Nursery staff report hearing youngsters describe themselves as ‘fat’ or ‘ugly’

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A survey by PACEY has revealed that children as young as three have negative perceptions of their appearance, with nearly a third of nursery and school staff saying they’ve heard a child call themselves ‘fat’.

One in ten have said that they’ve heard a child saying that they felt ugly and nearly a quarter said they had ‘seen signs’ that children aged between 3-5 years old were unhappy with their appearance or bodies.

Dr Jacqueline Harding, an adviser to PACEY, said contributory factors to children’s negative perceptions of themselves were likely to include TV images and general chat by adults about their bodies.

She said, “By the age of three or four some children have already pretty much begun to make up their minds (and even hold strong views) about how bodies should look. There is also research evidence to suggest that some 4-year-olds are aware of strategies as to how to lose weight.

“Of course, there is now mounting concern that the formation of these views (so early on in life) may develop into later eating disturbances or depression.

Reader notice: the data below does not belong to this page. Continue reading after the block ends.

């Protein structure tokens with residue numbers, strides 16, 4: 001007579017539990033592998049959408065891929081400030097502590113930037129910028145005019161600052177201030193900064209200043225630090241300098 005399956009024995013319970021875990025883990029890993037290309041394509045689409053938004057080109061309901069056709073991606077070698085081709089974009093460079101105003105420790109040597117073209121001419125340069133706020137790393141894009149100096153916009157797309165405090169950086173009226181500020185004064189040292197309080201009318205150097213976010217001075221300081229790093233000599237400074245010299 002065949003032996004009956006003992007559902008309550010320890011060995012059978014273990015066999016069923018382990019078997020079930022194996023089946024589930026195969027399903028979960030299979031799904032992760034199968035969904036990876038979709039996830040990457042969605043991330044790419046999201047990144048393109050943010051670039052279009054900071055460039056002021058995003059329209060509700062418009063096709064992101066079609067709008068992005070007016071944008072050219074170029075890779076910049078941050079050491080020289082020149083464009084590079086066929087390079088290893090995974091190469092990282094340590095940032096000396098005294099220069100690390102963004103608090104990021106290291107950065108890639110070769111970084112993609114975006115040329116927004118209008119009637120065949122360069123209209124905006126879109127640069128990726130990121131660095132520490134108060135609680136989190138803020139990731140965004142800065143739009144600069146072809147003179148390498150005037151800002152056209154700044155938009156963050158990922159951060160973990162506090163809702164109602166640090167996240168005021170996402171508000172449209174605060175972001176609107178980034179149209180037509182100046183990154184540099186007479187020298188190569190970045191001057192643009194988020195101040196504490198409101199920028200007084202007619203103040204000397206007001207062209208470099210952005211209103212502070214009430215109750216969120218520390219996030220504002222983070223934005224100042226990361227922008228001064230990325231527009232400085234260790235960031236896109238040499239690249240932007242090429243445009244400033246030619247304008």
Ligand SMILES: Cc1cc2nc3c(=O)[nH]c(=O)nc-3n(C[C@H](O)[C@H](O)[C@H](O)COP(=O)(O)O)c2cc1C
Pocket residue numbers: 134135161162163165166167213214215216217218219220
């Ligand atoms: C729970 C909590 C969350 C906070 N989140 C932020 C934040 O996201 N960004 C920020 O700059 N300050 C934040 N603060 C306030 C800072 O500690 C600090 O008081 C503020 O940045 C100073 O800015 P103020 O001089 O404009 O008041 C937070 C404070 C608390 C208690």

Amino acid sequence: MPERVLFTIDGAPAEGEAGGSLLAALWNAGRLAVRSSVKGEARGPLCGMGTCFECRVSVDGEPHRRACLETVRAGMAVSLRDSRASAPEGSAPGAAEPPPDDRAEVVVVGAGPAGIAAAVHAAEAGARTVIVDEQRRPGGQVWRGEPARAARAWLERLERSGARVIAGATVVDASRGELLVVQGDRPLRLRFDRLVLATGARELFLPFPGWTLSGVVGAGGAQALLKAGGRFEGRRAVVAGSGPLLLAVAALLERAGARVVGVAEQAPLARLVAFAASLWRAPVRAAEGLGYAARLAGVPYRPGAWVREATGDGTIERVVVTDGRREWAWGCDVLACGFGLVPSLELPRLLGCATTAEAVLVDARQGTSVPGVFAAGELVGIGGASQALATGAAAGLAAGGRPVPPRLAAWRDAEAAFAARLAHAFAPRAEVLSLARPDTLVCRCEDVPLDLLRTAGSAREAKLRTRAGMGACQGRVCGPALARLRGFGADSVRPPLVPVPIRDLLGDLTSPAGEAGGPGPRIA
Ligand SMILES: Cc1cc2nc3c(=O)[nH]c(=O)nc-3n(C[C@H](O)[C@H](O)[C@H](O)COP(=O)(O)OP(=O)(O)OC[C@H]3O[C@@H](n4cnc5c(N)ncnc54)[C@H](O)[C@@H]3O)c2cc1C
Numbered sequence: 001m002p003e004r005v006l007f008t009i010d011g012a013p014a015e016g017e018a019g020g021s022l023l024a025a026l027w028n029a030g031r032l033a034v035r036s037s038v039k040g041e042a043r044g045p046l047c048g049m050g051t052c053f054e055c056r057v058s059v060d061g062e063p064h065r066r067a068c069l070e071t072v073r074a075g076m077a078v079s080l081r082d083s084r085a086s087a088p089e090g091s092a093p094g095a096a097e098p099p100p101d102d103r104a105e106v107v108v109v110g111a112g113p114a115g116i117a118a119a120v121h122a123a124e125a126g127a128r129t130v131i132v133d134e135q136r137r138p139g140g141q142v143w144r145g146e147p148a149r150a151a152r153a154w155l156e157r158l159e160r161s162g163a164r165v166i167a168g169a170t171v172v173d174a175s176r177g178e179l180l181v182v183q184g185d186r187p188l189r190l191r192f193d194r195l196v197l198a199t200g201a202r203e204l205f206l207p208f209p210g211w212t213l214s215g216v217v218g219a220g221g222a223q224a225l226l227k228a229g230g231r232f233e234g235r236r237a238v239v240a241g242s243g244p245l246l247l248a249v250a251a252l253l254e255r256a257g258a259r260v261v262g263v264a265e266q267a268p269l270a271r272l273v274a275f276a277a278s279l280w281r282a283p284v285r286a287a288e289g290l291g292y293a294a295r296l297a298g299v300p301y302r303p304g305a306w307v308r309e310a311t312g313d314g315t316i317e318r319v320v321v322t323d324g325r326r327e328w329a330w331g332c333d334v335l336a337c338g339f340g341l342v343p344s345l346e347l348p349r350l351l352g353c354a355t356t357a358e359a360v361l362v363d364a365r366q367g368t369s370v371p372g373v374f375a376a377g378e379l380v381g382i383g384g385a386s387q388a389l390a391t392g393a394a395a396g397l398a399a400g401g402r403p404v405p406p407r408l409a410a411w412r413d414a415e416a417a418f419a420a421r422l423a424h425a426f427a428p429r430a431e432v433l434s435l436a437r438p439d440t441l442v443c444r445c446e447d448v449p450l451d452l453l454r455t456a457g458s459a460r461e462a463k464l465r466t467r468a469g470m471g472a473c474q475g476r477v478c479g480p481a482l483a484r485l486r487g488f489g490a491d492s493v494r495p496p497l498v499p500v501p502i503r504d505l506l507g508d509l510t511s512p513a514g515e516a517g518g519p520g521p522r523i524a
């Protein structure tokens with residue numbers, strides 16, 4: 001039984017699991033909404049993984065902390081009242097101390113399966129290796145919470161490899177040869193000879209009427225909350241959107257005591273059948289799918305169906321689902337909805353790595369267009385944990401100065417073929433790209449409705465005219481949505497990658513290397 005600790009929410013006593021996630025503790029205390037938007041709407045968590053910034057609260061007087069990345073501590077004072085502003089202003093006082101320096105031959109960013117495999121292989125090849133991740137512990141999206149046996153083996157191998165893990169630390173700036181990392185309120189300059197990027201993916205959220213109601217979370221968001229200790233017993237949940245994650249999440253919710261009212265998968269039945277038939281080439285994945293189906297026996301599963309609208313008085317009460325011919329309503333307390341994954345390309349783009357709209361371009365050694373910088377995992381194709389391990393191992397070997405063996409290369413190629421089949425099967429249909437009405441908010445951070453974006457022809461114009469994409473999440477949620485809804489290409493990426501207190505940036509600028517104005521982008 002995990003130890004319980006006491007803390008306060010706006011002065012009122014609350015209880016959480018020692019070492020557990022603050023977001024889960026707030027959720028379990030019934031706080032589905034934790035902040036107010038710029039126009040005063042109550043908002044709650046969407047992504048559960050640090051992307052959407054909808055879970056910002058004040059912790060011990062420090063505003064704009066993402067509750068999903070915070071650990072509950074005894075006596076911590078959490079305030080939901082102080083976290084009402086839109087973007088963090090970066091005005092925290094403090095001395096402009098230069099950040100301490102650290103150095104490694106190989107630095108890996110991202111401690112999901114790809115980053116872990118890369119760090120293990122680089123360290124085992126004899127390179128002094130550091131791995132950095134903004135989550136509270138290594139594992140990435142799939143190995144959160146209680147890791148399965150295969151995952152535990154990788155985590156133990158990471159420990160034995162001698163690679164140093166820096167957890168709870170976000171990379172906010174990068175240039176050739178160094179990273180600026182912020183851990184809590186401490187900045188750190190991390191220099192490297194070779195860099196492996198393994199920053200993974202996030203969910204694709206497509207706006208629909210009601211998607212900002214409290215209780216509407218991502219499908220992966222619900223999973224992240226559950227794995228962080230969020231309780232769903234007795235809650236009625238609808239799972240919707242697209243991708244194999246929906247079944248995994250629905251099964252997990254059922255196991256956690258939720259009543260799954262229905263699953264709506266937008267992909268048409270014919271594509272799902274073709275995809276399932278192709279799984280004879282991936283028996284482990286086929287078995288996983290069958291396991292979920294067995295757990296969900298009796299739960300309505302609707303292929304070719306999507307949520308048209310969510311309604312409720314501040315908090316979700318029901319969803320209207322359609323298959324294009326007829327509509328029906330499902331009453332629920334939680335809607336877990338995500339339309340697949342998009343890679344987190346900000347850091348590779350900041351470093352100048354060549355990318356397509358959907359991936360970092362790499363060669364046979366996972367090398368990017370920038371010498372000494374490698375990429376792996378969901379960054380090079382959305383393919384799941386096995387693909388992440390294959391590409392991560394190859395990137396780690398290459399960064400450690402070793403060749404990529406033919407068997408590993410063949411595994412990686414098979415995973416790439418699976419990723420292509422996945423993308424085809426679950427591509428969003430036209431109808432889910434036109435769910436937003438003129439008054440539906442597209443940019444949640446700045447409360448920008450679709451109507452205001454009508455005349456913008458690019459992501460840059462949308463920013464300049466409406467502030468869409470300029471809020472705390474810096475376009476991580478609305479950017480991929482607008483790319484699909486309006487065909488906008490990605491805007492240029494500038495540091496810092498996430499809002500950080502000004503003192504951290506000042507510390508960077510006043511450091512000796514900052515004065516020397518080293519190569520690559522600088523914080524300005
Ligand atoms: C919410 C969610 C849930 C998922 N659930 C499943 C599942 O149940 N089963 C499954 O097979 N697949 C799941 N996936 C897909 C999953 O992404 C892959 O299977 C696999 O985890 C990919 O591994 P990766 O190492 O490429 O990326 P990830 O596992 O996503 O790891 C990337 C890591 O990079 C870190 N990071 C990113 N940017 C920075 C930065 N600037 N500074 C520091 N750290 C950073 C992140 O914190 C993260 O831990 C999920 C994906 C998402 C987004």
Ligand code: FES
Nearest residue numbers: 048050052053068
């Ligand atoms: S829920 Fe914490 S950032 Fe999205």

“We know for sure that early experiences matter the most and we need to be very careful about how (even inadvertently) we signal to children that they should think negatively about their bodies and how they look.”

Dr Harding added that there were ways that parents could help raise the self-esteem of their children, including talking about their own bodies in a positive manner. She also suggested that building children’s self-confidence by focusing on who they are as a person, rather than what they look like, was another important factor.

PACEY has partnered with Be Real, a campaign which is striving to change young people’s body image perception by putting health above appearance.

Chief executive of YMCA England, Denise Hatton, said the survey that PACEY carried out has highlighted a worrying trend:

“Body confidence issues are prevalent among young people today and the survey results add to the array of evidence that suggests intervention at a young age is necessary.

“This is why the Be Real Campaign is working with partners such as PACEY to develop resources and materials to help schools, parents and students challenge the way young people view and talk about their bodies.”

For further advice and resources on how childcare practitioners can help promote children’s positive attitudes towards their bodies, go to https://www.pacey.org.uk/bodyconfidence/

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